The authors also discuss the Italian health insurance system, which provides pharmacotherapy for citizens. In this system, neither physicians nor patients have an incentive to prescribe and use biosimilars. The system is also fragmented and the use of biosimilars varies between regions. Such variation is difficult to explain by medical or scientific reasons. Together, the lack of incentives and lack of coordination between different regions hinder the rational use of biosimilars. Sadly, this situation is not unique to Italy – healthcare systems across the EU have been poorly prepared for the entry of biosimilars.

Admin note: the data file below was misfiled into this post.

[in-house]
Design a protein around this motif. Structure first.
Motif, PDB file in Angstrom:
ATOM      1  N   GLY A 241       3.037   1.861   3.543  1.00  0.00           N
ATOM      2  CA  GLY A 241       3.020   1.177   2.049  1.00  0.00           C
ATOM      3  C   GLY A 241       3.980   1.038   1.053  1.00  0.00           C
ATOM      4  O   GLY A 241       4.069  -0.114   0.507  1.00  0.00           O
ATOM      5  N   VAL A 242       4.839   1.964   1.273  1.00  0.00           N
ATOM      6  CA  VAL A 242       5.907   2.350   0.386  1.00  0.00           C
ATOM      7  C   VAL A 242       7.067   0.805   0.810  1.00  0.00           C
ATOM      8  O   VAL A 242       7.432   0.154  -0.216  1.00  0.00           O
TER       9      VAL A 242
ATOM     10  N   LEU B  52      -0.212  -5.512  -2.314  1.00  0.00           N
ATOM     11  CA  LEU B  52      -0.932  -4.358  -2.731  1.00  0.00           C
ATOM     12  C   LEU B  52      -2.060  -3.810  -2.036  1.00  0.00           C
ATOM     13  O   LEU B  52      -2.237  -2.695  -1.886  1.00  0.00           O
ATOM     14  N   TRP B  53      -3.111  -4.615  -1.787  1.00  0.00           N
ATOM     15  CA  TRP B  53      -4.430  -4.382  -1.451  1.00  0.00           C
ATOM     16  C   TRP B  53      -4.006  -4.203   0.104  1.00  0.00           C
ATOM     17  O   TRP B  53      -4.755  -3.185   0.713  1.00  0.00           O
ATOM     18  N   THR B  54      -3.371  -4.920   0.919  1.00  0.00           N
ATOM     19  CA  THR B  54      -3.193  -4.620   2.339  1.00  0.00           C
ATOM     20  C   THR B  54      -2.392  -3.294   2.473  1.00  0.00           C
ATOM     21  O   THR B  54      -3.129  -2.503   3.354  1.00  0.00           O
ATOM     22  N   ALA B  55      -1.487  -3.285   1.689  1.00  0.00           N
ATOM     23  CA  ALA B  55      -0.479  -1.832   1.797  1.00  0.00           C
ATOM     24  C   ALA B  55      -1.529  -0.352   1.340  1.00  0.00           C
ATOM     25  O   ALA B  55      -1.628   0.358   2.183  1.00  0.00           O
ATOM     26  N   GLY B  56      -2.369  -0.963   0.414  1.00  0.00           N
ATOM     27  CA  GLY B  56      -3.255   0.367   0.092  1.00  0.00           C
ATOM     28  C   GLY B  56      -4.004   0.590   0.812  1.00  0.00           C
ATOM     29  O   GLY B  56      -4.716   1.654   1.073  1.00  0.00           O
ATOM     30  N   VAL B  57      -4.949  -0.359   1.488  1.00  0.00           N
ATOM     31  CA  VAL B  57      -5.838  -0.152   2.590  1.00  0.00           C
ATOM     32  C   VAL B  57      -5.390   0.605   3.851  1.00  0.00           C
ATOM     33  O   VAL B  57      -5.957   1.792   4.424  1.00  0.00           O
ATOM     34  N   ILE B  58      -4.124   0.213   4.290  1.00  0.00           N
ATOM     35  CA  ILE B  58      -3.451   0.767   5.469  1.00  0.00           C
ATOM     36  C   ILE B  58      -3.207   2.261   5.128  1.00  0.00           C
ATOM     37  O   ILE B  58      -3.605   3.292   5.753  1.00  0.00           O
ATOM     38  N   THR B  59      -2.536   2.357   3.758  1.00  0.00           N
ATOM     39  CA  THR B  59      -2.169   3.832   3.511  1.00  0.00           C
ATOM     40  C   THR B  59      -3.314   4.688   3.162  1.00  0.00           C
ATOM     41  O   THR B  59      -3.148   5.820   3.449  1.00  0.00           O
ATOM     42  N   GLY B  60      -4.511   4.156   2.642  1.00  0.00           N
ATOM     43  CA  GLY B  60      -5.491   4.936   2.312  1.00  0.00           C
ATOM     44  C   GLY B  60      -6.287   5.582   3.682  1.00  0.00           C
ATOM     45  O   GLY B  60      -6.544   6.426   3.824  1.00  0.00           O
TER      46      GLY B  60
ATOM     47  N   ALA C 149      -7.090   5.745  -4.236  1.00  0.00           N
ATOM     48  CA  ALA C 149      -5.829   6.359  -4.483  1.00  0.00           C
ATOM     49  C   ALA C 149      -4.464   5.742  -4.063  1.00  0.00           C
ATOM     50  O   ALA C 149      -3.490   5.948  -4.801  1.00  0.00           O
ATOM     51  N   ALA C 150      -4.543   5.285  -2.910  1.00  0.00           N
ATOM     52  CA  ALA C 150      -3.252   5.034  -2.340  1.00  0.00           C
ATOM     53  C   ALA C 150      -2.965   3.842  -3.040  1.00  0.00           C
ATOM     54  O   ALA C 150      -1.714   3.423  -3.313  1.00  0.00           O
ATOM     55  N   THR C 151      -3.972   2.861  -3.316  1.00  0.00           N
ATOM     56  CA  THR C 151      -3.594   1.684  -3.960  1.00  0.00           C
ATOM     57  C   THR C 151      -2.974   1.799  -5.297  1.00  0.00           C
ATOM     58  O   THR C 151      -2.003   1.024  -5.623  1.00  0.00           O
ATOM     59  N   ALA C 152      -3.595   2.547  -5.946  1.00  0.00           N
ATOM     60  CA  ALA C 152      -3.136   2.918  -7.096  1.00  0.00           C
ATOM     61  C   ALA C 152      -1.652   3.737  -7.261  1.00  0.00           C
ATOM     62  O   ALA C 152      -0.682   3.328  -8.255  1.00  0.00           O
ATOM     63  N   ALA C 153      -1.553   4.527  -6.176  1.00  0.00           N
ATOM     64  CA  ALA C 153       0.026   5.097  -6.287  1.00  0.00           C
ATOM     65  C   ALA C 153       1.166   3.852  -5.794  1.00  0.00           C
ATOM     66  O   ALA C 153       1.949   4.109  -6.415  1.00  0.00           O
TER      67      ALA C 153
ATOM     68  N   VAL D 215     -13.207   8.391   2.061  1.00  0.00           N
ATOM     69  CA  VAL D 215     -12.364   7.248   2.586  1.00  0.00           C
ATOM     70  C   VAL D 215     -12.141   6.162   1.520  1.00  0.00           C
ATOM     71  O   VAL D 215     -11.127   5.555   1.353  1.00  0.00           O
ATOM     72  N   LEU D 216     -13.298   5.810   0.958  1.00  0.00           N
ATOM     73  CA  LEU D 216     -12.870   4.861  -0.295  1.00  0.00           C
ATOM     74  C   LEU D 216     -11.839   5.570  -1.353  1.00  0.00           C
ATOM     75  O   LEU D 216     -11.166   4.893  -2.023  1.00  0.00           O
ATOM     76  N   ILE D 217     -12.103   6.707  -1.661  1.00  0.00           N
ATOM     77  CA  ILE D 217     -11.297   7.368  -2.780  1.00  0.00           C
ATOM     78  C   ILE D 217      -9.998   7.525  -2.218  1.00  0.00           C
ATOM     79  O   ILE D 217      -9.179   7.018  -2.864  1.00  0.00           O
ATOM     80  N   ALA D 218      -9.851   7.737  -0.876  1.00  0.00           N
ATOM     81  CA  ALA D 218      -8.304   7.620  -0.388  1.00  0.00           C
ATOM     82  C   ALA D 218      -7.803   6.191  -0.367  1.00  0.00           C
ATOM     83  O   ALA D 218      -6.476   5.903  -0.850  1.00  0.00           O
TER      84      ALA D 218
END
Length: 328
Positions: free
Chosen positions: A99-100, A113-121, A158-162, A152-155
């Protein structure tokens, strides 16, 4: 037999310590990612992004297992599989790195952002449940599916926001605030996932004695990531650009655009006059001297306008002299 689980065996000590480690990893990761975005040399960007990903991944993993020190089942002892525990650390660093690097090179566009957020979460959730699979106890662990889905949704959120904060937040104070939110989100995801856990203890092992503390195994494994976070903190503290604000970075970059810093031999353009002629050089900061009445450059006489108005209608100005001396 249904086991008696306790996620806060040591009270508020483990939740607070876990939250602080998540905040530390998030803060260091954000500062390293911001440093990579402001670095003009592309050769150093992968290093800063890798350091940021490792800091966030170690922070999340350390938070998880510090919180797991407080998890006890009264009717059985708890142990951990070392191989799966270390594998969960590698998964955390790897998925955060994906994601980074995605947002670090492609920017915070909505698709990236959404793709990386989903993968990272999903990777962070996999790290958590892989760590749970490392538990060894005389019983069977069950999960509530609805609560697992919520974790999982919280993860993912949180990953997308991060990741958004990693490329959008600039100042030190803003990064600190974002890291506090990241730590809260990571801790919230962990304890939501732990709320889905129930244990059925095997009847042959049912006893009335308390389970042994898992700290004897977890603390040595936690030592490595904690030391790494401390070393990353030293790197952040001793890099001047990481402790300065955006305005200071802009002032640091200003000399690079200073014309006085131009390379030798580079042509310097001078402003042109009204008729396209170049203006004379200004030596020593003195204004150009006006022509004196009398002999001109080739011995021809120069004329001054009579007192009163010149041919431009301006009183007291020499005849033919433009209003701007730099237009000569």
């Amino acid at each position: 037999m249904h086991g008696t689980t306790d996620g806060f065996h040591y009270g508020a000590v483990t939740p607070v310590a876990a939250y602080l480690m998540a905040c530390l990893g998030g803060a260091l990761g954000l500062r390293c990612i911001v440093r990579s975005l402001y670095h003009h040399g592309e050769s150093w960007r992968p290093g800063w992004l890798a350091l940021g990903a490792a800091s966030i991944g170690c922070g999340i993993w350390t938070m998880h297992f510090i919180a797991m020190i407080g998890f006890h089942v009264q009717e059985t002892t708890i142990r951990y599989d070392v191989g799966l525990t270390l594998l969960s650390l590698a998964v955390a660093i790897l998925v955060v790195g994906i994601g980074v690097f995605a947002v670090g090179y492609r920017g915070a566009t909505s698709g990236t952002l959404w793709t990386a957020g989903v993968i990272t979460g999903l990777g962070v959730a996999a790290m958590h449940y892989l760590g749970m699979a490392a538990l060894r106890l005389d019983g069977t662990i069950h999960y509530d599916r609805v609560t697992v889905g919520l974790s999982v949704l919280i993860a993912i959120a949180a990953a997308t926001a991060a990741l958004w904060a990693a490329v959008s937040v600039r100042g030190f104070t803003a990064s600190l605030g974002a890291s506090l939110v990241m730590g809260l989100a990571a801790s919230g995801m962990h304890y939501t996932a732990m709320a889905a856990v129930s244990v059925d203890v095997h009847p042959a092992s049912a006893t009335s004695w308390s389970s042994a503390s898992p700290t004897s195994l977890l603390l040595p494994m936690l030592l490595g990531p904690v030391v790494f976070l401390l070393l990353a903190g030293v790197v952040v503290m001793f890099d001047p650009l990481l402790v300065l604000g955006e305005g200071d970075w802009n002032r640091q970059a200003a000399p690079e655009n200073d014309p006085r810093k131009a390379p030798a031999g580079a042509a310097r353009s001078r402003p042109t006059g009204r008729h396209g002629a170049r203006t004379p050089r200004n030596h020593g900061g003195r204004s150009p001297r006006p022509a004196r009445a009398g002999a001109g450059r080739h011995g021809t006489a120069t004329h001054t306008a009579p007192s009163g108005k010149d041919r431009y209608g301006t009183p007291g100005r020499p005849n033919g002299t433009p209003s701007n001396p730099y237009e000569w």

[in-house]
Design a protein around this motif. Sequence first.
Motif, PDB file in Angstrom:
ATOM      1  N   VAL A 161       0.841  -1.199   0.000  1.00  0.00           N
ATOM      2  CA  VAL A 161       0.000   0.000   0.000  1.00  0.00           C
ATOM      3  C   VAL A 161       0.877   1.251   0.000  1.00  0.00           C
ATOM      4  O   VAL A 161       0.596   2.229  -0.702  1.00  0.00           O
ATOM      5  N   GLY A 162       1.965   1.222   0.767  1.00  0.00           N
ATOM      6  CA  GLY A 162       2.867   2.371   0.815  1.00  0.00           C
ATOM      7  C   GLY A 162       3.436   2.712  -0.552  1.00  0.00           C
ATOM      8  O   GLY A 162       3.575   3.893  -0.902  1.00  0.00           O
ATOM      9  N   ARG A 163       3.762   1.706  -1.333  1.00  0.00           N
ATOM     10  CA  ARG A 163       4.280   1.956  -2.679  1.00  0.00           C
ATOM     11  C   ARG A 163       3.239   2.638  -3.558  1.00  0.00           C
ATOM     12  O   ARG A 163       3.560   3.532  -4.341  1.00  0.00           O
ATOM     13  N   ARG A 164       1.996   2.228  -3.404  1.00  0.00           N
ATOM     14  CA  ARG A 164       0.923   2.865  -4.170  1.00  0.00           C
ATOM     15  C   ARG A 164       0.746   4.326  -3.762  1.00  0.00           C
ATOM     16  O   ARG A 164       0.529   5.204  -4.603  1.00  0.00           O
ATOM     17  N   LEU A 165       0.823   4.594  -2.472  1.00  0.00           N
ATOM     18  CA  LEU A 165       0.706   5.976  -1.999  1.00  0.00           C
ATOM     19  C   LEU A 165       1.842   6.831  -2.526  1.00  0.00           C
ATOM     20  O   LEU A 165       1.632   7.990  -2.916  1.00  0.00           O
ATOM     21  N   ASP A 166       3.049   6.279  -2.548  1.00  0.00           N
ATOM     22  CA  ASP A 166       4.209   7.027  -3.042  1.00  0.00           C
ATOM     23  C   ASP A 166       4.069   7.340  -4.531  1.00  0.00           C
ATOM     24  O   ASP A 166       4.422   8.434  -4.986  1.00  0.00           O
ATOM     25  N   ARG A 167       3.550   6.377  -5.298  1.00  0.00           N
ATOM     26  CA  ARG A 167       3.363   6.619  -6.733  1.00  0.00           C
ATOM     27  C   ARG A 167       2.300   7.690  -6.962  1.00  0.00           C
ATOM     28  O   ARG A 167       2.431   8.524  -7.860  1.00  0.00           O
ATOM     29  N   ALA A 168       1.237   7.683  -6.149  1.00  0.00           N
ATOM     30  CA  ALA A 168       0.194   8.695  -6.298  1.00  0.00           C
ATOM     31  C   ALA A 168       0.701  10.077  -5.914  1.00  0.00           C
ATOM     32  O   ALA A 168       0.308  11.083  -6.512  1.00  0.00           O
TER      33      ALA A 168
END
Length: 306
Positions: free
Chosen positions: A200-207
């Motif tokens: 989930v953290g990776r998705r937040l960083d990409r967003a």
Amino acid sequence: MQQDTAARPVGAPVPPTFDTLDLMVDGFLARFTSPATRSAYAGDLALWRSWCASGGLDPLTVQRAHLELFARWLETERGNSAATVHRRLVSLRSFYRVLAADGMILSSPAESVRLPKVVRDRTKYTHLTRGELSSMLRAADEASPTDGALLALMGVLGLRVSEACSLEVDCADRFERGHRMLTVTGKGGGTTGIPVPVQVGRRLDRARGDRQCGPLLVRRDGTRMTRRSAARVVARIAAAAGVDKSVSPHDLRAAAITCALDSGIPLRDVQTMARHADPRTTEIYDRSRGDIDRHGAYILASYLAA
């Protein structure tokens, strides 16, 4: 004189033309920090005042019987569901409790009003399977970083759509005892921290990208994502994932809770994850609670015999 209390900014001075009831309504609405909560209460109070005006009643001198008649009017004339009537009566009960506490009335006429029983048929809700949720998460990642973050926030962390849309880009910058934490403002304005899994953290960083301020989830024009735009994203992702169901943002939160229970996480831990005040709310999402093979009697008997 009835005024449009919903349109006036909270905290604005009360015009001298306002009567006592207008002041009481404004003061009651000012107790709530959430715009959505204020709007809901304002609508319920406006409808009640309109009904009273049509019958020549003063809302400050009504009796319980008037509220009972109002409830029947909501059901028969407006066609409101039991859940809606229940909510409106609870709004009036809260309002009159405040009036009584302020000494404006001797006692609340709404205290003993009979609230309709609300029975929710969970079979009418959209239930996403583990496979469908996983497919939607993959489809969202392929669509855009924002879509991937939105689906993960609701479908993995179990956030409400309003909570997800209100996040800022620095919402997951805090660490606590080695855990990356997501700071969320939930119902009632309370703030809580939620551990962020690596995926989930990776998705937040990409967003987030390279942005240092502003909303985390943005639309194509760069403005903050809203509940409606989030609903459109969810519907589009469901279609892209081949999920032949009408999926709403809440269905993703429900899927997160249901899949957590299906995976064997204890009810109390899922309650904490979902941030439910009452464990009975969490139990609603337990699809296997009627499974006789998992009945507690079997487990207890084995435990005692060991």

As in most EU Member States, the substitution of biosimilars at the pharmacy level is not permitted in Italy. Thus, the decision to initiate treatment with a biosimilar or to switch treatment from the originator drug (reference product) to a biosimilar is normally made by hospitals or individual physicians and patients. The Italian Medicines Agency (Agenzia Italiana del Farmaco, AIFA) states in its recent concept paper that biosimilars are safe and efficacious and that a switch from a reference product to its biosimilar copy is possible, but leaves the responsibility for the decision to individual physicians . In contrast, local medical societies, such as Italian Society of Rheumatology, Italian Society of Dermatology, and Italian Group of Inflammatory Bowel Disease, are less positive regarding the use of biosimilars, especially when it comes to blockbuster monoclonals, such as those used to treat autoimmune diseases [4, 5]. Thus, on the whole, Italian physicians, like many of their colleagues in other EU Member States, appear to distrust licensed biosimilars.